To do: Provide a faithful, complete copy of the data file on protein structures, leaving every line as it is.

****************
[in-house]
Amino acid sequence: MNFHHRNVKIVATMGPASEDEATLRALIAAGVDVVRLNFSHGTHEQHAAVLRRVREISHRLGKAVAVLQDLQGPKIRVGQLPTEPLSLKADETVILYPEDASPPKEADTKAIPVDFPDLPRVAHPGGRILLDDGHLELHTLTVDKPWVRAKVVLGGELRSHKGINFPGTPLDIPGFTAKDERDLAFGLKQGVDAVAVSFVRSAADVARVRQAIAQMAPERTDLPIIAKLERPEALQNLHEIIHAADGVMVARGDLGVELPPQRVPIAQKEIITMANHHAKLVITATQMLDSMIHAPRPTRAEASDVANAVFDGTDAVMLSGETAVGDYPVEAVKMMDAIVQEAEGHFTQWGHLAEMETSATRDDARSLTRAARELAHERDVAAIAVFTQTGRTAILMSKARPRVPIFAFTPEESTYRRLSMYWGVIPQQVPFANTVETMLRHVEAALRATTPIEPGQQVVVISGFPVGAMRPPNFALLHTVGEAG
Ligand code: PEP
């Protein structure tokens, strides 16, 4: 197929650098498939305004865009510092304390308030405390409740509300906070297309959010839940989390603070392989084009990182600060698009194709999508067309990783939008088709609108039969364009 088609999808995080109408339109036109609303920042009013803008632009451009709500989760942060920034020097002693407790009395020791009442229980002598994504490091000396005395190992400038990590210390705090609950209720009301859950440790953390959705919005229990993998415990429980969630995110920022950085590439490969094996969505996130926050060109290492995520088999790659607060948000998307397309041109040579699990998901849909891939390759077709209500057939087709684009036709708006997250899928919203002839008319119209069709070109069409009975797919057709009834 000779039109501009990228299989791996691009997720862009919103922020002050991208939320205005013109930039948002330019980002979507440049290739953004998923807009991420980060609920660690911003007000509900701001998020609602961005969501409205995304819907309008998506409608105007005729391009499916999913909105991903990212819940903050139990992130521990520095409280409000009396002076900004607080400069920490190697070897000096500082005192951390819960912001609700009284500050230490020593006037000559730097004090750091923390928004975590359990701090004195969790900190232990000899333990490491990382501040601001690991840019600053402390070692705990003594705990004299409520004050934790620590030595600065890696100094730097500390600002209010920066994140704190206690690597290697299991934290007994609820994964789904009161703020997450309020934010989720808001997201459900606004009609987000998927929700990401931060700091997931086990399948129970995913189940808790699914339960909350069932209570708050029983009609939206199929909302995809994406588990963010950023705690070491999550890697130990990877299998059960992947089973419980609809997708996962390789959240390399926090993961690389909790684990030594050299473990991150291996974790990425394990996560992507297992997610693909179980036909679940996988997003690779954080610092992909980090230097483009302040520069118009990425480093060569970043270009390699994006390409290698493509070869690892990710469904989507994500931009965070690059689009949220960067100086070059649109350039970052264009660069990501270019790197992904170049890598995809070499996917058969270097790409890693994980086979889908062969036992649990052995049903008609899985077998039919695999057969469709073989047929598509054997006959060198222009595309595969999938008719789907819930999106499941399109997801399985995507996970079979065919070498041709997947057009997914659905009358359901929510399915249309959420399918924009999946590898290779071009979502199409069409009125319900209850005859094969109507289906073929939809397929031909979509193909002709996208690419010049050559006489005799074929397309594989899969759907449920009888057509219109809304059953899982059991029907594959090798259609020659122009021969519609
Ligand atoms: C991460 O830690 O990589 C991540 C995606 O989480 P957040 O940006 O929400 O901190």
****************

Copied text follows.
[in-house]
Amino acid sequence: MNFHHRNVKIVATMGPASEDEATLRALIAAGVDVVRLNFSHGTHEQHAAVLRRVREISHRLGKAVAVLQDLQGPKIRVGQLPTEPLSLKADETVILYPEDASPPKEADTKAIPVDFPDLPRVAHPGGRILLDDGHLELHTLTVDKPWVRAKVVLGGELRSHKGINFPGTPLDIPGFTAKDERDLAFGLKQGVDAVAVSFVRSAADVARVRQAIAQMAPERTDLPIIAKLERPEALQNLHEIIHAADGVMVARGDLGVELPPQRVPIAQKEIITMANHHAKLVITATQMLDSMIHAPRPTRAEASDVANAVFDGTDAVMLSGETAVGDYPVEAVKMMDAIVQEAEGHFTQWGHLAEMETSATRDDARSLTRAARELAHERDVAAIAVFTQTGRTAILMSKARPRVPIFAFTPEESTYRRLSMYWGVIPQQVPFANTVETMLRHVEAALRATTPIEPGQQVVVISGFPVGAMRPPNFALLHTVGEAG
Ligand code: PEP
């Protein structure tokens, strides 16, 4: 197929650098498939305004865009510092304390308030405390409740509300906070297309959010839940989390603070392989084009990182600060698009194709999508067309990783939008088709609108039969364009 088609999808995080109408339109036109609303920042009013803008632009451009709500989760942060920034020097002693407790009395020791009442229980002598994504490091000396005395190992400038990590210390705090609950209720009301859950440790953390959705919005229990993998415990429980969630995110920022950085590439490969094996969505996130926050060109290492995520088999790659607060948000998307397309041109040579699990998901849909891939390759077709209500057939087709684009036709708006997250899928919203002839008319119209069709070109069409009975797919057709009834 000779039109501009990228299989791996691009997720862009919103922020002050991208939320205005013109930039948002330019980002979507440049290739953004998923807009991420980060609920660690911003007000509900701001998020609602961005969501409205995304819907309008998506409608105007005729391009499916999913909105991903990212819940903050139990992130521990520095409280409000009396002076900004607080400069920490190697070897000096500082005192951390819960912001609700009284500050230490020593006037000559730097004090750091923390928004975590359990701090004195969790900190232990000899333990490491990382501040601001690991840019600053402390070692705990003594705990004299409520004050934790620590030595600065890696100094730097500390600002209010920066994140704190206690690597290697299991934290007994609820994964789904009161703020997450309020934010989720808001997201459900606004009609987000998927929700990401931060700091997931086990399948129970995913189940808790699914339960909350069932209570708050029983009609939206199929909302995809994406588990963010950023705690070491999550890697130990990877299998059960992947089973419980609809997708996962390789959240390399926090993961690389909790684990030594050299473990991150291996974790990425394990996560992507297992997610693909179980036909679940996988997003690779954080610092992909980090230097483009302040520069118009990425480093060569970043270009390699994006390409290698493509070869690892990710469904989507994500931009965070690059689009949220960067100086070059649109350039970052264009660069990501270019790197992904170049890598995809070499996917058969270097790409890693994980086979889908062969036992649990052995049903008609899985077998039919695999057969469709073989047929598509054997006959060198222009595309595969999938008719789907819930999106499941399109997801399985995507996970079979065919070498041709997947057009997914659905009358359901929510399915249309959420399918924009999946590898290779071009979502199409069409009125319900209850005859094969109507289906073929939809397929031909979509193909002709996208690419010049050559006489005799074929397309594989899969759907449920009888057509219109809304059953899982059991029907594959090798259609020659122009021969519609
Ligand atoms: C991460 O830690 O990589 C991540 C995606 O989480 P957040 O940006 O929400 O901190």